Magical reality is the fuel that powers valuations in tech.
Less than two years after Apple (AAPL) became the first public company to hit a trillion-dollar market capitalisation, it topped $1.6tn. Neither sales nor profits have matched the pace of share price growth. Yet a $2tn market cap does not look out of reach. The first milestone took almost four decades. The second is likely to be a lot speedier.
Between them, Apple, Amazon (AMZN) and Microsoft (MSFT) have added more than a trillion dollars in market value since the start of 2020. Regulators already concerned about the influence of tech mega-companies must surely be looking askance at the stock market bonanza.
What could derail the rally? Two things: continuing economic recession and more forceful antitrust regulation.
Both factors have been at play this week. Microsoft shares dipped in spite of forecast-beating sales after the company reminded investors of the economic drag from the pandemic. Growth in cloud computing, which gives users access to computing power from company servers, failed to match lofty expectations.
Intel (INTC) also reported stronger than expected quarterly earnings, yet shares tumbled when it declared it would delay the launch of its next generation of chips. Meanwhile, reports that Apple faces consumer protection investigations in multiple US states knocked the iPhone maker’s shares.
Given the importance of tech to US equity markets, it is worth paying attention to the number of caveats offered by tech companies that reported otherwise boastworthy results.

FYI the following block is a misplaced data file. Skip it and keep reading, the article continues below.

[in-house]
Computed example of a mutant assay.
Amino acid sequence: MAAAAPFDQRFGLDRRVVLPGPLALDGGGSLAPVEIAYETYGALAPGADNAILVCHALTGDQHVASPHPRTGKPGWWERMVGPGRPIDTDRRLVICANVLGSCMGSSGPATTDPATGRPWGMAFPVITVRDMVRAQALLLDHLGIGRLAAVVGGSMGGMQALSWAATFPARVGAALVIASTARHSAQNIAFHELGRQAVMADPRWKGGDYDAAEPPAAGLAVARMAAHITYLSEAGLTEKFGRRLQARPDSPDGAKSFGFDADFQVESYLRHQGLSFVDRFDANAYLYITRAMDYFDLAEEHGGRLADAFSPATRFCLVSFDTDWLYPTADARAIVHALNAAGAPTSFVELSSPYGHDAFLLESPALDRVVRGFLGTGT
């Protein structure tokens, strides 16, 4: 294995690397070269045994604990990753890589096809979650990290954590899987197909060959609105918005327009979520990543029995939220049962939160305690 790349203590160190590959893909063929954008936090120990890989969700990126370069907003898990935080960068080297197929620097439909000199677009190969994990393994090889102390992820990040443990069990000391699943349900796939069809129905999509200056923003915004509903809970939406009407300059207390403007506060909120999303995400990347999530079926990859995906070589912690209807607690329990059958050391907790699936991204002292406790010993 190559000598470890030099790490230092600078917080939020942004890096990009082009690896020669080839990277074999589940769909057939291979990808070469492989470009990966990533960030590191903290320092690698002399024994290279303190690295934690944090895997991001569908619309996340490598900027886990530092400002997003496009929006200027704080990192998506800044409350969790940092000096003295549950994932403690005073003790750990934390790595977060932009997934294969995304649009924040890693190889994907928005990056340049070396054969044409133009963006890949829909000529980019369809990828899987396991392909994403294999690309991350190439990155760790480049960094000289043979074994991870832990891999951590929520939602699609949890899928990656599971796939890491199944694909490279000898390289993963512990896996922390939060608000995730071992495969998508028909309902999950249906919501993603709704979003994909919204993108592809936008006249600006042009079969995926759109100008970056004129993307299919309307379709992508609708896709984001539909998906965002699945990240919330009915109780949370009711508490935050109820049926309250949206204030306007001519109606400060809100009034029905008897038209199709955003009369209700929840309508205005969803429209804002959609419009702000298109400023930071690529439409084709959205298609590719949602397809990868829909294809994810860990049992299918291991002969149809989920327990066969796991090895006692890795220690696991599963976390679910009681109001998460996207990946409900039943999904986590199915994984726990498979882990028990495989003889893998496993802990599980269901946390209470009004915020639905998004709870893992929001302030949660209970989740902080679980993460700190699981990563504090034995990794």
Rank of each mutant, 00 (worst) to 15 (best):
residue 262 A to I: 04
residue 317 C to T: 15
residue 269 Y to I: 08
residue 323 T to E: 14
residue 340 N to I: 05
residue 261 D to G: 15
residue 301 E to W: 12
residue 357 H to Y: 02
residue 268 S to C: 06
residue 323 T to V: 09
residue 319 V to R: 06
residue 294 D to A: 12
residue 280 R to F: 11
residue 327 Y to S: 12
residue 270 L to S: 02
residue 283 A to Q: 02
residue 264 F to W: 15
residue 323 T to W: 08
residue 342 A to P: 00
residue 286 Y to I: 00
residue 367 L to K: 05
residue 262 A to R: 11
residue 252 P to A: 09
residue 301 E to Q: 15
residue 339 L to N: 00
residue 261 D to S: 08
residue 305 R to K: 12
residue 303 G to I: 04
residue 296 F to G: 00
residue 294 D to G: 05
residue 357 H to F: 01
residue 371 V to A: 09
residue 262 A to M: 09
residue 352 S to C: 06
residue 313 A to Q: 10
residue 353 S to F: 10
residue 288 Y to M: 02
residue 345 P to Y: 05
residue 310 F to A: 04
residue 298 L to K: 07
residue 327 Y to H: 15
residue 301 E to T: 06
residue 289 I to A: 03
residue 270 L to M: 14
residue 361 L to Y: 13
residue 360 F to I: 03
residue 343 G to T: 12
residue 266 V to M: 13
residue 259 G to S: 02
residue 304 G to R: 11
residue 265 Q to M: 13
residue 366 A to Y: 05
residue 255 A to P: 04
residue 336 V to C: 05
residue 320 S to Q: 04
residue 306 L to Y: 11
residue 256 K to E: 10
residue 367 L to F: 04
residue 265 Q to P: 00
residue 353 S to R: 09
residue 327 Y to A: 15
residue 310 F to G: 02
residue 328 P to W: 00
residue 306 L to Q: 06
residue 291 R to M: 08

Netflix (NFLX), now practically a utility for millions stuck at home, added 10m new users in the last quarter. Yet it warned that subscriber growth in the next quarter is likely to fall to 2.5m. Vanishing chat app Snapchat (SNAP) added 35m users compared with last year, as teens sequestered with their parents sought out more virtual contact with their friends. But parent company Snap cautioned that demand had already fallen back from a pandemic peak and that it no longer expected to be profitable this year.
Even bombastic electric carmaker Tesla (TSLA), which reported its fourth quarter of consecutive profits, had to acknowledge the effects that tax credit revenue had. Tesla’s share price is flat on the week.
To some, this pause is valid.
“There is a feeling of QE irrationality all over again,” wrote one investor when I asked how he felt about the pandemic-era market rally and the performance of recent listings such as insurance tech start-up Lemonade (LMND) and ZoomInfo (ZI). With governments, including the UK and US, buying up ultra-low-risk sovereign bonds in order to give a boost to markets and hopefully stabilise their economies, the money has gone elsewhere.
Even Airbnb, whose initial public offering was blown off course by the pandemic and which opted to borrow more money while still a private company, appears to be back on track with its plans.
The indecent haste with which $1tn companies Apple, Microsoft and Amazon became $1.5tn-plus companies lifted the wider tech sector. It also encouraged carelessness. For a brief period after last year’s WeWork farce, it seemed as though every tech start-up nearing a listing had to be profitable or have a bulletproof plan on how to get there. In the heat of the rally, gross margins were suddenly dropped as a talking point.
Now margins and moderation are back in focus. Four of the most powerful chief executives in big tech — Amazon’s Jeff Bezos, Facebook’s (FB) Mark Zuckerberg, Apple’s Tim Cook and Alphabet’s (GOOG) Sundar Pichai — are due to appear in front of a House committee and can expect questions designed to make them squirm.
The race to $2tn is still on. But after months of excess it appears that a minor reality check is under way.
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